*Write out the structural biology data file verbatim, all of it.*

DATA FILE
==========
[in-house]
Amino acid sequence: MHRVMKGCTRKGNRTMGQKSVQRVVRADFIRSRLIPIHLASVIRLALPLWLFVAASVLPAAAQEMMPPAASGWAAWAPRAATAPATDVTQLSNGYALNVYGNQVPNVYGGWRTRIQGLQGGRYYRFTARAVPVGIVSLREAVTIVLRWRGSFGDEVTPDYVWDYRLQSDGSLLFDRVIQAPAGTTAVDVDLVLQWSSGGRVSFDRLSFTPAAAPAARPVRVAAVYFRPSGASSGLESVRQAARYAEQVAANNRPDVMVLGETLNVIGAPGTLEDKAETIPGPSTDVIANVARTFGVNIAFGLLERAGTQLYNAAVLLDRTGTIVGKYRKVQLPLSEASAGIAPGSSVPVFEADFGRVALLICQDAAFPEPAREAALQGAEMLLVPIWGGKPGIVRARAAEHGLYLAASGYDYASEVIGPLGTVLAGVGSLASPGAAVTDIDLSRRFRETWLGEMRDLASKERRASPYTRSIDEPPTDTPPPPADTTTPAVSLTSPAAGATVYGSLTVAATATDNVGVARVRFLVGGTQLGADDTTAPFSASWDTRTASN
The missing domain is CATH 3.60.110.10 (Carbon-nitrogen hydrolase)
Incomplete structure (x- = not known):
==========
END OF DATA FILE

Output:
[in-house]
Amino acid sequence: MHRVMKGCTRKGNRTMGQKSVQRVVRADFIRSRLIPIHLASVIRLALPLWLFVAASVLPAAAQEMMPPAASGWAAWAPRAATAPATDVTQLSNGYALNVYGNQVPNVYGGWRTRIQGLQGGRYYRFTARAVPVGIVSLREAVTIVLRWRGSFGDEVTPDYVWDYRLQSDGSLLFDRVIQAPAGTTAVDVDLVLQWSSGGRVSFDRLSFTPAAAPAARPVRVAAVYFRPSGASSGLESVRQAARYAEQVAANNRPDVMVLGETLNVIGAPGTLEDKAETIPGPSTDVIANVARTFGVNIAFGLLERAGTQLYNAAVLLDRTGTIVGKYRKVQLPLSEASAGIAPGSSVPVFEADFGRVALLICQDAAFPEPAREAALQGAEMLLVPIWGGKPGIVRARAAEHGLYLAASGYDYASEVIGPLGTVLAGVGSLASPGAAVTDIDLSRRFRETWLGEMRDLASKERRASPYTRSIDEPPTDTPPPPADTTTPAVSLTSPAAGATVYGSLTVAATATDNVGVARVRFLVGGTQLGADDTTAPFSASWDTRTASN
The missing domain is CATH 3.60.110.10 (Carbon-nitrogen hydrolase)
Incomplete structure (x- = not known):